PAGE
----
Steven F. White &
Opening remarks at Microcosms: A Homage to Sacred Plants of the Americas exhibited in St. Lawrence University’s Richard F. Brush Art Gallery (Canton, New York).
Steven F. White
Steven is co-editor (with Luis Eduardo Luna) of Ayahuasca Reader: Encounters with the Amazon’s Sacred Vine. The expanded second edition of this work, which won an Independent Publishers Book Award, contains many color plates of Ayahuasca in Visual Creative Expression, presenting “art” as a tool of thought, a reflection of cognitive activity by indigenous and non-indigenous creators.
White published an essay on Ceiba pentandra in The Mind of Plants: Narratives of Vegetal Intelligence (2021). His many translations include Lorca’s Poet in New York in addition to the bilingual ecocritical collections Seven Trees Against the Dying Light by Pablo Antonio Cuadra and The Bones of My Grandfather and Pollen by Esthela Calderón. He is the author of Arando el aire: la ecología en la poesía y la música de Nicaragua and edited the anthology El consumo de lo que somos: muestra de poesía ecológica hispánica contemporánea. He was also guest editor of a special issue on ecology and Latin American literature of Review: Latin American Literature and the Arts. Educated at Williams College and the University of Oregon, White is the recipient of a Lannan Foundation residency and two Fulbright grants for a literary project in Chile and curricular development as a Senior Specialist in Nicaragua. When he was 22, his interest in sacred plants motivated him to visit a Cofan community in the Ecuadorean Amazon in 1977. During a transformative sabbatical year in 1993-94, he actively participated in the Santo Daime Church on the island of Santa Catarina in southern Brazil.
His research with Microscopy Specialist Jill Pflugheber Microcosms: A Homage to Sacred Plants of the Americas was presented as an exhibit at the Brush Art Gallery in 2020 at St. Lawrence University, where White was a founder of the Caribbean and Latin American Studies program and, for 34 years, taught Spanish and Brazilian Portuguese language classes as well as Latin American literature and film. He is currently synthesizing and integrating in written form his experience of being arrested at gunpoint by US Homeland Security forces in his home and subsequently incarcerated for a week in 2020 for possessing the sacrament ayahuasca and Psilocybe cubensis mushrooms intended expressly for his personal use in relation to his own spiritual wellbeing and longstanding academic research interests.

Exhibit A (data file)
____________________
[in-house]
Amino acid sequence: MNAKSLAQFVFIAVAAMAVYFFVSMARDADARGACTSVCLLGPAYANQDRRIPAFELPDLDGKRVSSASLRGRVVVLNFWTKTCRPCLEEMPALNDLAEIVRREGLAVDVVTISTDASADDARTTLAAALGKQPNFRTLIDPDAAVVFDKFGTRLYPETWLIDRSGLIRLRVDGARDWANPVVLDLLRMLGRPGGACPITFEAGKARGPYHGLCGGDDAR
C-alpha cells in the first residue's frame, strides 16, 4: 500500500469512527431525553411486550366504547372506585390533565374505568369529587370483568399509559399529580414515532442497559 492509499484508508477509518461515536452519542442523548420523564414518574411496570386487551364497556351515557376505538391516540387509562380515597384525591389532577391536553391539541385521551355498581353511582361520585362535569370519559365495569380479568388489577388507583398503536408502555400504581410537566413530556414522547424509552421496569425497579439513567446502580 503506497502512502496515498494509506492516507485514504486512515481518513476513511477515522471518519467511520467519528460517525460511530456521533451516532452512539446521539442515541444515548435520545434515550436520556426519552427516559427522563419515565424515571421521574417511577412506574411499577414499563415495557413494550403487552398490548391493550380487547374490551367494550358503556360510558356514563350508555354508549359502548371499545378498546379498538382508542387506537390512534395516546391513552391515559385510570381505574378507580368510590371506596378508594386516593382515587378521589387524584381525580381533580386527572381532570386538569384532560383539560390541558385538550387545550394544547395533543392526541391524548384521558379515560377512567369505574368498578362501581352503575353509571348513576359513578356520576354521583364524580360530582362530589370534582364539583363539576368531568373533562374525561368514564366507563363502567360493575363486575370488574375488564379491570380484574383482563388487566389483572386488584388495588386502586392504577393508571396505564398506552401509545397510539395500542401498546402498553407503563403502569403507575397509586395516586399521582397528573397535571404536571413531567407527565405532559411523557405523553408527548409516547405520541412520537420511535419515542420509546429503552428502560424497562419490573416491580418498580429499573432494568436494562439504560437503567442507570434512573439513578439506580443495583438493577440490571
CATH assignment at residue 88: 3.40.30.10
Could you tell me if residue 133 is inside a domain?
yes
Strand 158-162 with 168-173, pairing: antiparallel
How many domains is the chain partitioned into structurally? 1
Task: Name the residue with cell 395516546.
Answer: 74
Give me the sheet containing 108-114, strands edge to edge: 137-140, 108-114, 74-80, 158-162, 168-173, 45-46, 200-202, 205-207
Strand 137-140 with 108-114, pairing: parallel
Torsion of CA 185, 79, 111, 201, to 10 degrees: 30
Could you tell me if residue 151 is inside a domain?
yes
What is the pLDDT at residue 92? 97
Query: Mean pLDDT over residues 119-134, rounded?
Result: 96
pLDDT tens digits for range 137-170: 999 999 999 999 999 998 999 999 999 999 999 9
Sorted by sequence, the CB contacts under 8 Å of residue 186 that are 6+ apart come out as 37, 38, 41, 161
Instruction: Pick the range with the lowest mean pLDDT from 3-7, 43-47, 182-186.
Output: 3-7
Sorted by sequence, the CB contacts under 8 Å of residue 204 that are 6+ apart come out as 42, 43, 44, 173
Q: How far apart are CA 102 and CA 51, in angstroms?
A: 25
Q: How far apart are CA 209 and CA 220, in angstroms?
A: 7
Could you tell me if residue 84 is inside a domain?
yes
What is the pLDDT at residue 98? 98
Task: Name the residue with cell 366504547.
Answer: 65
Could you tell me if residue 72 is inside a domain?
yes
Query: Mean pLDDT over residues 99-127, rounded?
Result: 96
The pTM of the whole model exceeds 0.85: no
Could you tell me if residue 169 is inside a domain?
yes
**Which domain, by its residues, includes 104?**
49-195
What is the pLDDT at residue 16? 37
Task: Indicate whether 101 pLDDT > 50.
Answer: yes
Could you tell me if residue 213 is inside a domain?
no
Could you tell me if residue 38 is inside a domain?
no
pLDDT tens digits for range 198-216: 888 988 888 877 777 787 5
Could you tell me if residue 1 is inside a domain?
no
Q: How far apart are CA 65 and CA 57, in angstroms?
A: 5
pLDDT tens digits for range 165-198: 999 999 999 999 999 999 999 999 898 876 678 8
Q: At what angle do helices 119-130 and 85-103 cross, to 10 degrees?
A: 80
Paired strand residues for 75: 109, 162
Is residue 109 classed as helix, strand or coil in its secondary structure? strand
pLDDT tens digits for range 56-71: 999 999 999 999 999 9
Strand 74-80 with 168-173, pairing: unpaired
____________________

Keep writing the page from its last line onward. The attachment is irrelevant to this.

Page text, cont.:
Jill is a 1986 graduate of St. Lawrence University. She worked 17 years in biomedical research at Harvard, University of Kentucky, and University of Texas SW Medical Center, where she was able to contribute to multiple journal articles such as Regulation of PKR and IRF-1 during hepatitis C virus RNA replication. Pflugheber J, Fredericksen B, Sumpter R Jr, Wang C, Ware F, Sodora DL, Gale M Jr.Proc Natl Acad Sci U S A. 2002 Apr 2;99(7):4650-5. doi: 10.1073/pnas.062055699. Epub 2002 Mar.
She returned to her alma mater in 2004 to take a position as the Microscopy Specialist, teaching courses in electron microscopy, confocal microscopy, and research methods in cell biology.
Each semester, the students in her confocal microscopy course participate in an “Image of the Semester” contest. Each student chooses a favorite image from their own portfolio of images, and anyone from the university community can vote for the “best” image. The university now prints each of the images used in the contest and mounts them for display on the walls of the Launders Science Library.
Jill and Steven began their collaboration after Steven had seen and admired contest images, wondering what the leaf of Banisteriopsis caapi would look like under the confocal microscope. One image led to many, and after more than three years of sample collection and imaging, the Microcosmscollection was born. Originally slated for exhibit in the university’s Richard F. Brush Art Gallery, Microcosms: A Homage to Sacred Plants of the Americas was slated to run from March 2, 2020-April 11, 2020 but was closed early due to Covid precautions.
Jill would like to dedicate her work on the Microcosms project to the memory of her sister Gina Wells (February 9, 1955–February 3, 2022), who was a Biology major at St. Lawrence University with a special interest in botany.